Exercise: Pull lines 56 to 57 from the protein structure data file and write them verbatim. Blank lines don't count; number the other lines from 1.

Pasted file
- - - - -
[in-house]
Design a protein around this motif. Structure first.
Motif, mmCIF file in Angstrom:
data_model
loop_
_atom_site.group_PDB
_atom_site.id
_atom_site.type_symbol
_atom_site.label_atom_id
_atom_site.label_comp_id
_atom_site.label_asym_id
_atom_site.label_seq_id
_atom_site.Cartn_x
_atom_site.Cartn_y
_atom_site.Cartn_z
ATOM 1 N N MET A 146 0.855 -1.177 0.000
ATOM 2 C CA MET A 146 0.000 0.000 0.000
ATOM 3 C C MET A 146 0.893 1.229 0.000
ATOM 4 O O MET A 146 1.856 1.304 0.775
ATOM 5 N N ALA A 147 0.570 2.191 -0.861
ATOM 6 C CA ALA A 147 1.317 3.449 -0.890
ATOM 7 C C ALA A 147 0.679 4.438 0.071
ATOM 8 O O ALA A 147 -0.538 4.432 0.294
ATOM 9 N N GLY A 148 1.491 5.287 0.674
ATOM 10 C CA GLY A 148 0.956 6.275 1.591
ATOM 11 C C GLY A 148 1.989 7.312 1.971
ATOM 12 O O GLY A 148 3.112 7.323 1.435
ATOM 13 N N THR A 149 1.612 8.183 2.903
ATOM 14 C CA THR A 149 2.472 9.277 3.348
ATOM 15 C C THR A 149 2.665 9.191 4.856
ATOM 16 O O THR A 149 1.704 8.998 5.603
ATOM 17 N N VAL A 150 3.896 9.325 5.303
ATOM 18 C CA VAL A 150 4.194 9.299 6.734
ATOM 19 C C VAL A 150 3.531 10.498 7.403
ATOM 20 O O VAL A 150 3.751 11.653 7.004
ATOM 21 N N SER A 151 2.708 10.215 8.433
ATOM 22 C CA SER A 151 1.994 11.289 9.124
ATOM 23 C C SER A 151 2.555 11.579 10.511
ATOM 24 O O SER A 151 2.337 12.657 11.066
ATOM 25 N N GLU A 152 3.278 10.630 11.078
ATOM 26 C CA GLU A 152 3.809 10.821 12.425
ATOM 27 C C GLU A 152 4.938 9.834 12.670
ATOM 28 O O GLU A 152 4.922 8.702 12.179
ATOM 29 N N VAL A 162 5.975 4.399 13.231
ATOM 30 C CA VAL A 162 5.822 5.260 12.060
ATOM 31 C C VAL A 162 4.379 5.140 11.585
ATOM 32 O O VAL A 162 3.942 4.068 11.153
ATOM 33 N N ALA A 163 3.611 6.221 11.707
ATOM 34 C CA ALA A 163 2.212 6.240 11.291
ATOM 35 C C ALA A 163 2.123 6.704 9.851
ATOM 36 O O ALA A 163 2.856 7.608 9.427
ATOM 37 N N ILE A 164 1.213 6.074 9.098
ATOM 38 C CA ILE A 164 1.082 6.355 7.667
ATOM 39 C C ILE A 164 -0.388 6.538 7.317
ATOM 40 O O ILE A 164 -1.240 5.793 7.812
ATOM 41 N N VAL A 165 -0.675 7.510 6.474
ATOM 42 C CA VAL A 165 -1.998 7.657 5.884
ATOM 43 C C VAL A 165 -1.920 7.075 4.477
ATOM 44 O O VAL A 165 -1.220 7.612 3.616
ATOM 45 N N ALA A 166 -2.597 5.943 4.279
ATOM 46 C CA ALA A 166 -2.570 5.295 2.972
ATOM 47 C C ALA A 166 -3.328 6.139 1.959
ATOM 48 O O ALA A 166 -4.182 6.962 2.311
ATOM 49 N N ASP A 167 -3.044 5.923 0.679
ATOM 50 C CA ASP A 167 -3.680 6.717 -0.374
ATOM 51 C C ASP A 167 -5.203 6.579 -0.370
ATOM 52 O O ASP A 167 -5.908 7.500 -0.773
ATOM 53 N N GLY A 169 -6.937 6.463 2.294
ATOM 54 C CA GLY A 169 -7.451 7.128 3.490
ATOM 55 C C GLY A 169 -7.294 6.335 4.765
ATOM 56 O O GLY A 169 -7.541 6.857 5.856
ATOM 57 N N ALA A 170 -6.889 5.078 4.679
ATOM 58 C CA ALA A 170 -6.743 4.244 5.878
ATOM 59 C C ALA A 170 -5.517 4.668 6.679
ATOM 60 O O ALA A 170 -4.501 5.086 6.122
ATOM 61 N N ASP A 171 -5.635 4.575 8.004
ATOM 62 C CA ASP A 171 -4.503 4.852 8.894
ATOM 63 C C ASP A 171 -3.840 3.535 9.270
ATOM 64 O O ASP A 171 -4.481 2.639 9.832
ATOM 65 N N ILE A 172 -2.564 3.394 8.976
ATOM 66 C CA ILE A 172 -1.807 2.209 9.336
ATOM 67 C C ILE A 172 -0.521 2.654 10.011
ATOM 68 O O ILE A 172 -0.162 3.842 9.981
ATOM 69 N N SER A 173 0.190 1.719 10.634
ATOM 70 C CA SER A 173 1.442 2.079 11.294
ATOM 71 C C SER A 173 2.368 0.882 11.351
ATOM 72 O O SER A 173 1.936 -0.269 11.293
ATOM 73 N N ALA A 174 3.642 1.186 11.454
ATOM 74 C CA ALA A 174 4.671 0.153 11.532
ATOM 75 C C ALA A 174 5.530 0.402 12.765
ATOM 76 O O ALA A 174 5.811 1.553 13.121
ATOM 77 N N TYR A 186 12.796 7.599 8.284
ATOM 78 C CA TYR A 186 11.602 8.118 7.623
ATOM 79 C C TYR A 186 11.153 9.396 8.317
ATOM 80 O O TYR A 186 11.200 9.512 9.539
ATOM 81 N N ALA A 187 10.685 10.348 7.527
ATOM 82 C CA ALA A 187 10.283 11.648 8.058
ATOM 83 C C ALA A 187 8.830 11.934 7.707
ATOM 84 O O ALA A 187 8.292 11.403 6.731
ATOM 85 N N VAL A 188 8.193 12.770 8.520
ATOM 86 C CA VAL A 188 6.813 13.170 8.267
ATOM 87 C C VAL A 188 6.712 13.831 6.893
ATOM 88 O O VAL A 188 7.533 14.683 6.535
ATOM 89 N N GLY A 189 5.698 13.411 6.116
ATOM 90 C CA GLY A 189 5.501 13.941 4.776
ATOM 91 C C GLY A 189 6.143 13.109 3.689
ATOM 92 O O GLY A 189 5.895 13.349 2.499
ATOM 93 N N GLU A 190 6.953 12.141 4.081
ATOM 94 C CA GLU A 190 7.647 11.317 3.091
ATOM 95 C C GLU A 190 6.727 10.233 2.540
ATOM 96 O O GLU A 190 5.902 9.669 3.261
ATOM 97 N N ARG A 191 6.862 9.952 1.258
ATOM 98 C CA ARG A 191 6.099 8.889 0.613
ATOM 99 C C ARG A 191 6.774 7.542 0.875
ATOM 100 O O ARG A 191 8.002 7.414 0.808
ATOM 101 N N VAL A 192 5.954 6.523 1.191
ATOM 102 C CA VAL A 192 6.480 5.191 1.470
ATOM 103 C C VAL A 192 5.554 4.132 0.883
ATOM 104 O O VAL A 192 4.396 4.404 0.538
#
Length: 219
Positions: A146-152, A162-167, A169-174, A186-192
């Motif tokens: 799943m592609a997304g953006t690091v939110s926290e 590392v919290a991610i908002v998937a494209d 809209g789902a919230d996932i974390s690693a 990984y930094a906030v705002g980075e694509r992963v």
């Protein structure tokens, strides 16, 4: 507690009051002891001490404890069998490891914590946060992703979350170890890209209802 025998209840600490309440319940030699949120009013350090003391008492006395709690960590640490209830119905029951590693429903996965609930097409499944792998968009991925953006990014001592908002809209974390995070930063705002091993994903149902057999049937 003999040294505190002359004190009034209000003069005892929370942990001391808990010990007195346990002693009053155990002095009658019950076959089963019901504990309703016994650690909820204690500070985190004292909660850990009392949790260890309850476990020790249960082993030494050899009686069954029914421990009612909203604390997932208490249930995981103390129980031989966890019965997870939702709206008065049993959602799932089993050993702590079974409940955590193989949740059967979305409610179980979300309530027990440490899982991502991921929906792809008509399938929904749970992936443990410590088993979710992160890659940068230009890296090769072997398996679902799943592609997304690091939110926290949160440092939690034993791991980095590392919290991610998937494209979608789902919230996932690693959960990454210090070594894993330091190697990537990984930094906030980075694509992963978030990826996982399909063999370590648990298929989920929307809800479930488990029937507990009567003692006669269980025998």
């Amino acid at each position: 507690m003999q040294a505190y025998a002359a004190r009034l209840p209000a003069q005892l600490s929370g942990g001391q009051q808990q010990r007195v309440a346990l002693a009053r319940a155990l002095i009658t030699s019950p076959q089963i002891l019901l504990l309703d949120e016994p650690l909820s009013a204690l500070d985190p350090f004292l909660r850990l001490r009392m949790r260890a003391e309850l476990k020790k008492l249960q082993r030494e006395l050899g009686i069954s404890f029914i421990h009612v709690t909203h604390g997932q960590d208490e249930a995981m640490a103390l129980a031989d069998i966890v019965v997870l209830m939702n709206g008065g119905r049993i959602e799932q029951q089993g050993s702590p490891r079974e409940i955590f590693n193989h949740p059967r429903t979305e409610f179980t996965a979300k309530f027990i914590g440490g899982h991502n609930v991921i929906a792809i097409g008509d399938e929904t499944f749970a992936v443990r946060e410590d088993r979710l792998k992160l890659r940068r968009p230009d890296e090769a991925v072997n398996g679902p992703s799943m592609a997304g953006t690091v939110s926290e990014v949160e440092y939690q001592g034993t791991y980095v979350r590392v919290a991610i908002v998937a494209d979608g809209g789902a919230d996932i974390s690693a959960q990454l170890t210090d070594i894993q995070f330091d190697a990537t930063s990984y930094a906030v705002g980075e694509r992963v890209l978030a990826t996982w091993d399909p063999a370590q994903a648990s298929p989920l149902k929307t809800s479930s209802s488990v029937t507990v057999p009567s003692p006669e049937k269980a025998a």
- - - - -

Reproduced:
ATOM 41 N N VAL A 165 -0.675 7.510 6.474
ATOM 42 C CA VAL A 165 -1.998 7.657 5.884